Articles on Shifting Sands
Should African women be free to choose genital cutting?
The recent death of Fatmata Turay, a 19 year old Sierra Leonean woman was initially attributed to the circumcision she underwent during her initiation into Bondo society. Because of the negative publicity that ‘FGM’ attracts, it rapidly became a high-profile issue. But it is now known that her death was due to bilateral lobar pneumonia. Three members of this secret society of women and a nurse who were arrested have since been released without charge.
As a consequence, a coalition of local activists, supported by Project ACEi and Equality Now, launched a campaign, demanding that Sierra Leone ‘bans this human rights violation as a matter of urgency.’ Sierra Leone is one of the few countries in Africa, alongside Guinea and Liberia that doesn’t have a specific law against FGM.
Turay’s death has not been in vain however because it has provided an opportunity to begin a much needed public discussions as to why FGM is practised and still actively supported by most women in Sierra Leone, including Dr Sylvia Blyden, minister of social welfare, gender and children’s affairs. This is despite the widespread condemnation directed against the practice and its supporters.
It has also enabled Sierra Leonean women – opponents and advocates, to engage in discussion about the practice and to begin to explain why they continue to support it, or not. And for some to challenge the perceived one-dimensional nature of discussions in regard to it.
Naasu Fofaneh is one of those women. She is a former gender advisor to the President of Sierra Leone. This week she participated in a West Africa radio discussion about whether or not FGM should be outlawed there. She made the point that anywhere female circumcision is practised, so is male.
Young women in Sierra Leone are prepared for adult life, marriage and motherhood through the women-only secret society, Bondo. Its women leaders, Soweis, are powerful and influential. This makes politicians wary of confronting them. However, the society has now agreed not to circumcise young women under 18 years and to allow them to decide for themselves in regard to it when they reach the age of consent.
Although Fofaneh is proudly circumcised, her daughter has chosen not to be. But in areas of the country where women are expected to become community leaders, she believes it inconceivable that they could become leaders without being initiated, including being circumcised.
She was vociferous in her discussion about terminology and reminded listeners of the damage that language could inflict, suggesting it was divisive with potential to cause psychological damage.
She disagreed with calling what women and young girls undergo ‘mutilation’, citing instead many survivors of the 10year civil war as mutilated, not the initiates who undergo circumcision as part of a rite of passage.
She pointed out that the type practiced in Sierra Leone is much less severe than what is alleged to be practiced elsewhere and suggested that infibulation is deliberately but falsely being cited by anti-FGM campaigners. She outlined some of the damage that female circumcision is reported to cause i.e. the effect on women’s sexual function and pleasure as well as on their psychological wellbeing, despite there not being independent evidence to support those contentions.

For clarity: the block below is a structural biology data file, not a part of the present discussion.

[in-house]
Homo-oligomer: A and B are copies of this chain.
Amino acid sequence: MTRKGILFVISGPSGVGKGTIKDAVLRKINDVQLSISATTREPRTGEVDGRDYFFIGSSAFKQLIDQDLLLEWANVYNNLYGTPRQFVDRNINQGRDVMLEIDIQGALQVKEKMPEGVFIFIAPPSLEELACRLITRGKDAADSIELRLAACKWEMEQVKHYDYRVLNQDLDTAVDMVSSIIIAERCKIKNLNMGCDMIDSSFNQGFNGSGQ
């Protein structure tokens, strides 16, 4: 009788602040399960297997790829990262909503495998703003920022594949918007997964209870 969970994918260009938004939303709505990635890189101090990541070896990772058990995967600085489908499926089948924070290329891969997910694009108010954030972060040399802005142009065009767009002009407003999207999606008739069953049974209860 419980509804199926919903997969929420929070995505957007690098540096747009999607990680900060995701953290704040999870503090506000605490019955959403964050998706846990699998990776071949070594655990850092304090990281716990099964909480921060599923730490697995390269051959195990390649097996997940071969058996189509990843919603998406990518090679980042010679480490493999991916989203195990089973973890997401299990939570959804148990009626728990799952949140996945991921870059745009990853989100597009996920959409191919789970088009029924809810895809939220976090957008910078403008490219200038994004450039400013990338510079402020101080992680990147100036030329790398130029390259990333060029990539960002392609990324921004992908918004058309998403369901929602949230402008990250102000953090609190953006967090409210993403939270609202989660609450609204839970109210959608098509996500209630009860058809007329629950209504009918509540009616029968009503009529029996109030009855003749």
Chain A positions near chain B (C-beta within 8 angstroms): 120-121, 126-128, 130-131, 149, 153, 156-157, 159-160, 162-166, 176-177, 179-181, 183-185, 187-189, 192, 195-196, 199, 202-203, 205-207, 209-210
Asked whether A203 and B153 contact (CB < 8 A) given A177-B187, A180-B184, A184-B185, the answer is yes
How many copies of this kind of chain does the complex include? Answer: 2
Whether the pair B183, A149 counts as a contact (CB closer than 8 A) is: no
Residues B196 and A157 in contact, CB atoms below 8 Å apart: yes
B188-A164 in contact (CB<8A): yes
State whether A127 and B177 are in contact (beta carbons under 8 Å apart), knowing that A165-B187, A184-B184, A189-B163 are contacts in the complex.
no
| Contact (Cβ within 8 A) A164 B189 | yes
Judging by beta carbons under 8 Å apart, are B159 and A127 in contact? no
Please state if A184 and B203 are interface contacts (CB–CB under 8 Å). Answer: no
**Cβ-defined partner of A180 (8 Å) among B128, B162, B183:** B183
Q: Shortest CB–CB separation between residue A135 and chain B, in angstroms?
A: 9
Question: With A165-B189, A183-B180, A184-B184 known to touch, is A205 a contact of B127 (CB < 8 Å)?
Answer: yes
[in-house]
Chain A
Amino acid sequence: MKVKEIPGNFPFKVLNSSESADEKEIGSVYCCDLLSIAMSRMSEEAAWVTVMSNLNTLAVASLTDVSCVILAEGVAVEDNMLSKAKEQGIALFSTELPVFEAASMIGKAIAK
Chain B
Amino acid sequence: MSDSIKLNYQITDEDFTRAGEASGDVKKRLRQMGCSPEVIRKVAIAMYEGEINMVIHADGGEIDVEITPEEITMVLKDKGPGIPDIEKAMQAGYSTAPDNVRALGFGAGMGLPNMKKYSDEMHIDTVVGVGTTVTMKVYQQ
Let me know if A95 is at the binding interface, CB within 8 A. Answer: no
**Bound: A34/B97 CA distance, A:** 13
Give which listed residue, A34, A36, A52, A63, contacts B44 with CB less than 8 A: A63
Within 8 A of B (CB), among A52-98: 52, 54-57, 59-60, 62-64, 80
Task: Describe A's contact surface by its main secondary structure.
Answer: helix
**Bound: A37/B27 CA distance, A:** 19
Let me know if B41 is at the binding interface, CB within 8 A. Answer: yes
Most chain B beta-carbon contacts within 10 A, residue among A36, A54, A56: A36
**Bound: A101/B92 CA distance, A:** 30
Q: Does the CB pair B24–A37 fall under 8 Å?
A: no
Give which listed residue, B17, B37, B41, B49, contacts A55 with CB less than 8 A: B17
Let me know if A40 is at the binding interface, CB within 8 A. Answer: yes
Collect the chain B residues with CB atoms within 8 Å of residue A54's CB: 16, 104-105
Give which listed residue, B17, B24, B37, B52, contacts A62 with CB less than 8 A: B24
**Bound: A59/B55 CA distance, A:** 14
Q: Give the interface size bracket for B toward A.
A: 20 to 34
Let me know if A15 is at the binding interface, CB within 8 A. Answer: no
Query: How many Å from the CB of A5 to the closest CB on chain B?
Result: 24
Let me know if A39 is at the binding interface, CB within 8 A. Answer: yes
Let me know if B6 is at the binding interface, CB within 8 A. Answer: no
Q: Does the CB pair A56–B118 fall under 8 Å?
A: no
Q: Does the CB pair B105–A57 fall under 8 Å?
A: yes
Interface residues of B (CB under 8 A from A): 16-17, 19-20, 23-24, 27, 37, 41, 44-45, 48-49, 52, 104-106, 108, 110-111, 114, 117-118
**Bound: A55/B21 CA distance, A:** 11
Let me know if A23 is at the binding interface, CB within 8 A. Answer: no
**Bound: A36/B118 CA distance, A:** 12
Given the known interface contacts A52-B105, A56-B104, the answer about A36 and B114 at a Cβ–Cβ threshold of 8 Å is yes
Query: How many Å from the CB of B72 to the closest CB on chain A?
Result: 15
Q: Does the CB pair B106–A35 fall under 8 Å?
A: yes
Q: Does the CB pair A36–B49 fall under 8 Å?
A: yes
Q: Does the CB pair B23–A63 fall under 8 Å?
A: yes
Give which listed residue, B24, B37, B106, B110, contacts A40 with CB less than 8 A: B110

She also identified the double standard she perceived operating in regard to female genital surgeries. Western women can choose to have e.g. clitoral hood reduction and labiaplasty in London’s Harley Street. This is similar to what Sierra Leonean women undergo but is deemed to be ‘mutilation’. Surely it should be up to them to choose what surgery they have?
It was common for anti-FGM campaigners to celebrate the suspension of the practice during the Ebola crisis there. But she credited that decision to the work done with Paramount Chiefs who instructed people to temporarily suspend both male and female initiation.
She attributed the political power that women in Bondo society hold and which politicians fear challenging, to explain why FGM had not been made illegal in Sierra Leone. This is unlike in countries like Nigeria and Gambia where similar societies do not exist.
Opponents of female circumcision, including a woman called Aminatu, were also interviewed for the same programme. Although valuing the social and cultural aspects of Bondo society, she disagreed with the circumcision component of initiation.
She had been initiated and circumcised at 16 years and described the feeling of betrayal and pain that she endured. She did not agree that young women can freely choose not to be circumcised now because of the continued perceived need to protect family honour and prevent the social isolation that would almost certainly ensue.
Others cited the health related problems that circumcision can cause.
Another suggested that girls unwilling to be circumcised should be given school scholarships to enable them to leave home.
Let’s hope that this useful public discussion will continue but not be confined to Africa and that activists and opponents will participate.
The radio interview starts at 22mins in.
About the Author - Bríd Hehir
Bríd is a retired health professional. She started her career as a nurse and midwife in Africa where she worked for almost four years. She encountered FGM/C in Ethiopia. She then moved to London where she worked in the National Health Service as a midwife, community nurse, health visitor, reproductive and sexual health nurse and manager over a period of 30 years. She did not encounter FGM/C during that time despite working with immigrant communities who are reported to practice it still. She is puzzled by the current reported prevalence of the practice, the official response and associated activism. And is worried that they might cause more harm than good.
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